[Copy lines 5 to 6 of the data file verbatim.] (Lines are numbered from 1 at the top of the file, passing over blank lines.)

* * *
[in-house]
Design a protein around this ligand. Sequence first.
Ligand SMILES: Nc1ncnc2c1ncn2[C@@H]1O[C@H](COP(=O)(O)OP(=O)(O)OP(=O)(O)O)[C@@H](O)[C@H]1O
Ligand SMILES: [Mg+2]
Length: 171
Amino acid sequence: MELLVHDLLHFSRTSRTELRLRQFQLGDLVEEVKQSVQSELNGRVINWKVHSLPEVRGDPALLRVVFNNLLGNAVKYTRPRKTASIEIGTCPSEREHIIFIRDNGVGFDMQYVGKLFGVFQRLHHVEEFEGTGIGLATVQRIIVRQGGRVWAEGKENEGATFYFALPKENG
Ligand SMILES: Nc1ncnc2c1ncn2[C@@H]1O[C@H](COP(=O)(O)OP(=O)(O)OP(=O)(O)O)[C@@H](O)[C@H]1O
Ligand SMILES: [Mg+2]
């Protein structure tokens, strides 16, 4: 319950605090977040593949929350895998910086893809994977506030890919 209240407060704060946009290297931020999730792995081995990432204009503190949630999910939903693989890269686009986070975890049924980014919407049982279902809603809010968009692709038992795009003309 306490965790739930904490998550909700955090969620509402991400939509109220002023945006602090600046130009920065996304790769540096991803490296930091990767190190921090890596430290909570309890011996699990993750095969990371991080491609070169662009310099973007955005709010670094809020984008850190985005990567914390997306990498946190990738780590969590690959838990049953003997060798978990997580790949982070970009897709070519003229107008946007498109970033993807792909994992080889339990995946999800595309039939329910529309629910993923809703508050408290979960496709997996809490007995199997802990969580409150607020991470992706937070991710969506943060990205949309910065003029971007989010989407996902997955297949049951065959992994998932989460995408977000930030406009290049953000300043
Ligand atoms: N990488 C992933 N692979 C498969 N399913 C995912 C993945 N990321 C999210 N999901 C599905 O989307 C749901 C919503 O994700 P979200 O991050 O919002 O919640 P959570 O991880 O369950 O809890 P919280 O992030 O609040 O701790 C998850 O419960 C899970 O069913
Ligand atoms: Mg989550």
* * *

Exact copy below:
Length: 171
Amino acid sequence: MELLVHDLLHFSRTSRTELRLRQFQLGDLVEEVKQSVQSELNGRVINWKVHSLPEVRGDPALLRVVFNNLLGNAVKYTRPRKTASIEIGTCPSEREHIIFIRDNGVGFDMQYVGKLFGVFQRLHHVEEFEGTGIGLATVQRIIVRQGGRVWAEGKENEGATFYFALPKENG